The nurses were wonderful, they treated Evelyn like their own.  They were invested in her and in her healing and many are still keeping tabs on her progress.

Holding it together for my children
My husband would visit at night and on occasion bring my two older children.  We would go to the cafeteria and have dinner together.  I tried so hard to look happy and to act happy, but inside I was aching.  At one point my daughter (6yrs old) asked me “Mommy, when will your eyes be dry again, they always look wet.”  I told her I was trying, that I was praying, and that they would be dry again someday soon.

In the many hours of alone time I started to question everything and wondered if I had caused this? I thought about every food I had eaten when pregnant.  I thought about the occasional diet soda I drank, knowing it was filled with horrible things.  I remembered the tetanus shot I received while pregnant because I cut myself on a rusty railing.  I even thought of the ridiculous number of colds my baby had contracted in her first 6 months of life and all the times I used the nasal aspirator on her nose – wondering if that could have done something…  What it all comes down to is this:  Am I going to trust God with my life?  We live in a fallen world that is dying and decaying,  and sickness and disease is all around us… I don’t believe that God caused my daughter to be sick – however I do believe that in all we go through, even Infantile Spasms, He will equip me for the journey!

God had prepared me for this, knowing all we were about to embark upon as a family.  Leading up to this tragedy I had spent over 25 hours learning and studying the Holy Spirit.  It was in this time that God prepared me for all we would come against.  Within my study I would keep notes as to what the Holy Spirit was revealing to me,  the last note I left before everything happened was this:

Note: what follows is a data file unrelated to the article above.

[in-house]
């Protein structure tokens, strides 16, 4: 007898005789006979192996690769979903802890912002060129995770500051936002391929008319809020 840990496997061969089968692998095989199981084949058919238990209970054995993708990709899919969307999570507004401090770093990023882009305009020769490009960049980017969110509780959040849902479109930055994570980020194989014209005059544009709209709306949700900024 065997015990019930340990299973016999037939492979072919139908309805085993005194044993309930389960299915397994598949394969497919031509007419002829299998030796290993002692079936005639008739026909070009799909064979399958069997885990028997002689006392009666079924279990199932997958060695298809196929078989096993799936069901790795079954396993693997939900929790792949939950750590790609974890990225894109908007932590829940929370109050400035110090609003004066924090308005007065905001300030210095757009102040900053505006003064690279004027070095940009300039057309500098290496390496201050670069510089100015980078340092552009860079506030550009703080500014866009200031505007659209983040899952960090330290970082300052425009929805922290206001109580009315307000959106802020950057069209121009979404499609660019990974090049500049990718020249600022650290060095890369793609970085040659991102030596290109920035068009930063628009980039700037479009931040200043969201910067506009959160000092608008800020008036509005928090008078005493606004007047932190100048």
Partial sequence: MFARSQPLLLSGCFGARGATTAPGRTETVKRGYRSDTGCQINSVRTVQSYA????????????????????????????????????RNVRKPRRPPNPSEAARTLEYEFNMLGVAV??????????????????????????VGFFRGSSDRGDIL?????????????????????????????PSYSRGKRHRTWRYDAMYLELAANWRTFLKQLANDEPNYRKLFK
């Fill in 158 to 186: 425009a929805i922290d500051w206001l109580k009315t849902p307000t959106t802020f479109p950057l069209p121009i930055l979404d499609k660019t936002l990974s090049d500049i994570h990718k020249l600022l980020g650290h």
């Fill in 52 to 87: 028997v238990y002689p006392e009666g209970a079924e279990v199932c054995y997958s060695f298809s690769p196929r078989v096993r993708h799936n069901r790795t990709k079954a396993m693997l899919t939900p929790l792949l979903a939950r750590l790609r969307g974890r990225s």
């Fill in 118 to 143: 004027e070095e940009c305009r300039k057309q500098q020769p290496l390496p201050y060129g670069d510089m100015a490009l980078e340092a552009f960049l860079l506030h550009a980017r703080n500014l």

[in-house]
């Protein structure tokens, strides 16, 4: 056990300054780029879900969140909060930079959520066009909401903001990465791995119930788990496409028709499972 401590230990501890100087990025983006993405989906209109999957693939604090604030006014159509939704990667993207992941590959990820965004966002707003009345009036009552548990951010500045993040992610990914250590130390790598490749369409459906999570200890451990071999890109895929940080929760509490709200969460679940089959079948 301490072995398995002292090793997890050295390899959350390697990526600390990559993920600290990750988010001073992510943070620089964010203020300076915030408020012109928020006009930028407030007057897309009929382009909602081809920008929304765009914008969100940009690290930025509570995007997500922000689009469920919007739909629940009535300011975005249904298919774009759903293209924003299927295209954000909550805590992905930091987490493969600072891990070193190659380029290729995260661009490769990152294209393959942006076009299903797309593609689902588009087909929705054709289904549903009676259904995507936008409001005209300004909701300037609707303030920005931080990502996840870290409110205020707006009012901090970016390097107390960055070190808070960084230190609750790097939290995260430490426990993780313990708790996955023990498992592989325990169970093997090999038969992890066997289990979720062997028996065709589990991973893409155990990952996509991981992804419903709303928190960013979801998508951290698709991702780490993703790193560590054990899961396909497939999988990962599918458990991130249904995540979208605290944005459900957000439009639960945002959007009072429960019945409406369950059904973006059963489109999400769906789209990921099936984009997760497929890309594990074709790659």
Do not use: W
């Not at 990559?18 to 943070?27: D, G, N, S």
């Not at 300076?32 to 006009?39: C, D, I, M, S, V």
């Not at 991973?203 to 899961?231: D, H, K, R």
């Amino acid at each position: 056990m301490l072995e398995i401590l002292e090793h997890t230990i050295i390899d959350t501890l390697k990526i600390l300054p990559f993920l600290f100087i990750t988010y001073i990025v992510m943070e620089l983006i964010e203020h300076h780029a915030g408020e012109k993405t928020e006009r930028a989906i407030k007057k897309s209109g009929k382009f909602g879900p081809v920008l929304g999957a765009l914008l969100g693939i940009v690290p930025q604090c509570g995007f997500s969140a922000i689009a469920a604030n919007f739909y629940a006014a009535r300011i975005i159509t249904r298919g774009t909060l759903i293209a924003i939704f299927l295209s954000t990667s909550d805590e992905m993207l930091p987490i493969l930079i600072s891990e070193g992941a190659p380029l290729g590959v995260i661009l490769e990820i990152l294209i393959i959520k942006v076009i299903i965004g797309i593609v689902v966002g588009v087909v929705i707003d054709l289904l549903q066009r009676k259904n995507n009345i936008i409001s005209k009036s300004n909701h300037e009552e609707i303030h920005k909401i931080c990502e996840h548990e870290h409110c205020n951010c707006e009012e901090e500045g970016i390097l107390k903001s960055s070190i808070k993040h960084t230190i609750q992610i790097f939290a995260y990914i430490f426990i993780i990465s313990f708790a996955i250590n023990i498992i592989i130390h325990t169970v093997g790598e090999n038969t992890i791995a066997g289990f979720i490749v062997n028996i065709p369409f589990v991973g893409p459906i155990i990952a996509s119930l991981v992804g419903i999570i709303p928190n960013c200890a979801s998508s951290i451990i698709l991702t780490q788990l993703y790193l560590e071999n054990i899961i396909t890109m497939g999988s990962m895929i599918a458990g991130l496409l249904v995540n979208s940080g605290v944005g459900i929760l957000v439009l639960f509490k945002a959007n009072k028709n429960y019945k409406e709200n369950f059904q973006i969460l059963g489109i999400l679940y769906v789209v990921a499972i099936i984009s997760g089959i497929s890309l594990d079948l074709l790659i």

“It’s embarrassing to say but I never really knew what anointing meant?  I basically had surmised that people who were anointed were ‘special’ to God and that it was a type of person rather than an experiential anointing.  I am realizing so much time has been lost, wasting time, not truly getting to know what it is I’ve said I believed.
It’s exciting to think that God will anoint me to fulfill a purpose of His.  That I can walk in His Power, anointed, to bring about changed lives through Christ!”

Not only did God prepare me and teach me, he enabled me to teach others.  I had so many opportunities in the hospital to share the love of Christ and to share all the Holy Spirit had taught me.  Faith is nothing if it doesn’t change lives and Jesus Christ changes lives!

Blog Entries
Out of a need to share with family and friends all that was going on and a desire to  not have to painfully re-tell everything over and over, the blog entries on this web-site began and the rest of  our journey is found within those pages – a journey of hope and faith!

Still to come:

Going home…

Going to Boston…

Boston’s stay.. families met like Doug, Anna and Victoria.  Jaylen – 2 yr old with IS.

Home again…